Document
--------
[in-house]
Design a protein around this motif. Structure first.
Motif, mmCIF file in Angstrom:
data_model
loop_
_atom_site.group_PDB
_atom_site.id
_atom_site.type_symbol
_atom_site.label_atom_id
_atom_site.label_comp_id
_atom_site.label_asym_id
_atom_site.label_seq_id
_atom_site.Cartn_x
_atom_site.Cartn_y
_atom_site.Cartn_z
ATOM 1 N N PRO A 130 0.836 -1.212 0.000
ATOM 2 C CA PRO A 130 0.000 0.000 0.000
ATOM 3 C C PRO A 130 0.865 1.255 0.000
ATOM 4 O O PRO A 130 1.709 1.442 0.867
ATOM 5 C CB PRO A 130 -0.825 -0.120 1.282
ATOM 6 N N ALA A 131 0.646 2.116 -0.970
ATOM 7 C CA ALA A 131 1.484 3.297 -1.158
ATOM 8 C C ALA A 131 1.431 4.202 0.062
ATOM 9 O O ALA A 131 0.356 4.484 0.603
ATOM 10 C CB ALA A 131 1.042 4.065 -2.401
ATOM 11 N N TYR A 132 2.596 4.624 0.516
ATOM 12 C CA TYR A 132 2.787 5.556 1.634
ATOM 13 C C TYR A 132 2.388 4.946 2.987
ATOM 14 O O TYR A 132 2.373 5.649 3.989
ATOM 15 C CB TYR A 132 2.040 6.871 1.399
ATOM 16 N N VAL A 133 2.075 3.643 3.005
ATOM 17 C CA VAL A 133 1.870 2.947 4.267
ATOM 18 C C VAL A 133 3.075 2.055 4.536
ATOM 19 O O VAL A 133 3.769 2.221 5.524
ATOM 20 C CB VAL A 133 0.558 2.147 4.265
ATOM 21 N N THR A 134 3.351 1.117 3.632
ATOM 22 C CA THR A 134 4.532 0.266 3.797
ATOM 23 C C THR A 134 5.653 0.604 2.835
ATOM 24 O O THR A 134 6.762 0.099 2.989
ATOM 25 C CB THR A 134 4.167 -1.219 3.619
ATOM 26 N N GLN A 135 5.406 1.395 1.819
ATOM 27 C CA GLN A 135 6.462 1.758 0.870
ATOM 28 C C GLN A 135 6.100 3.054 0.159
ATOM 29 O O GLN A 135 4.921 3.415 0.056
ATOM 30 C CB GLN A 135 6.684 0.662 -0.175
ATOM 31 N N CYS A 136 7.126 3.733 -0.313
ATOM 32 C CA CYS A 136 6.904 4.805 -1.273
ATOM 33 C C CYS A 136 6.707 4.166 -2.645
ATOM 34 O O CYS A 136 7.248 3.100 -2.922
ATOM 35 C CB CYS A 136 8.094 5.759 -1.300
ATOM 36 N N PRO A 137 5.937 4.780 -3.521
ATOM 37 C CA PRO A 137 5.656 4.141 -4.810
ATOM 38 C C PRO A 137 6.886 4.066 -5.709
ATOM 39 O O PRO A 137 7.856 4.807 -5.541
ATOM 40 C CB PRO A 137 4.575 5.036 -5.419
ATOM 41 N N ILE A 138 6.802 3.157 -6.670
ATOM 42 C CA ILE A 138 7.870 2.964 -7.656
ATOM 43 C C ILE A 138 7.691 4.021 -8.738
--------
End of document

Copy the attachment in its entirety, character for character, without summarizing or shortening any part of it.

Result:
[in-house]
Design a protein around this motif. Structure first.
Motif, mmCIF file in Angstrom:
data_model
loop_
_atom_site.group_PDB
_atom_site.id
_atom_site.type_symbol
_atom_site.label_atom_id
_atom_site.label_comp_id
_atom_site.label_asym_id
_atom_site.label_seq_id
_atom_site.Cartn_x
_atom_site.Cartn_y
_atom_site.Cartn_z
ATOM 1 N N PRO A 130 0.836 -1.212 0.000
ATOM 2 C CA PRO A 130 0.000 0.000 0.000
ATOM 3 C C PRO A 130 0.865 1.255 0.000
ATOM 4 O O PRO A 130 1.709 1.442 0.867
ATOM 5 C CB PRO A 130 -0.825 -0.120 1.282
ATOM 6 N N ALA A 131 0.646 2.116 -0.970
ATOM 7 C CA ALA A 131 1.484 3.297 -1.158
ATOM 8 C C ALA A 131 1.431 4.202 0.062
ATOM 9 O O ALA A 131 0.356 4.484 0.603
ATOM 10 C CB ALA A 131 1.042 4.065 -2.401
ATOM 11 N N TYR A 132 2.596 4.624 0.516
ATOM 12 C CA TYR A 132 2.787 5.556 1.634
ATOM 13 C C TYR A 132 2.388 4.946 2.987
ATOM 14 O O TYR A 132 2.373 5.649 3.989
ATOM 15 C CB TYR A 132 2.040 6.871 1.399
ATOM 16 N N VAL A 133 2.075 3.643 3.005
ATOM 17 C CA VAL A 133 1.870 2.947 4.267
ATOM 18 C C VAL A 133 3.075 2.055 4.536
ATOM 19 O O VAL A 133 3.769 2.221 5.524
ATOM 20 C CB VAL A 133 0.558 2.147 4.265
ATOM 21 N N THR A 134 3.351 1.117 3.632
ATOM 22 C CA THR A 134 4.532 0.266 3.797
ATOM 23 C C THR A 134 5.653 0.604 2.835
ATOM 24 O O THR A 134 6.762 0.099 2.989
ATOM 25 C CB THR A 134 4.167 -1.219 3.619
ATOM 26 N N GLN A 135 5.406 1.395 1.819
ATOM 27 C CA GLN A 135 6.462 1.758 0.870
ATOM 28 C C GLN A 135 6.100 3.054 0.159
ATOM 29 O O GLN A 135 4.921 3.415 0.056
ATOM 30 C CB GLN A 135 6.684 0.662 -0.175
ATOM 31 N N CYS A 136 7.126 3.733 -0.313
ATOM 32 C CA CYS A 136 6.904 4.805 -1.273
ATOM 33 C C CYS A 136 6.707 4.166 -2.645
ATOM 34 O O CYS A 136 7.248 3.100 -2.922
ATOM 35 C CB CYS A 136 8.094 5.759 -1.300
ATOM 36 N N PRO A 137 5.937 4.780 -3.521
ATOM 37 C CA PRO A 137 5.656 4.141 -4.810
ATOM 38 C C PRO A 137 6.886 4.066 -5.709
ATOM 39 O O PRO A 137 7.856 4.807 -5.541
ATOM 40 C CB PRO A 137 4.575 5.036 -5.419
ATOM 41 N N ILE A 138 6.802 3.157 -6.670
ATOM 42 C CA ILE A 138 7.870 2.964 -7.656
ATOM 43 C C ILE A 138 7.691 4.021 -8.738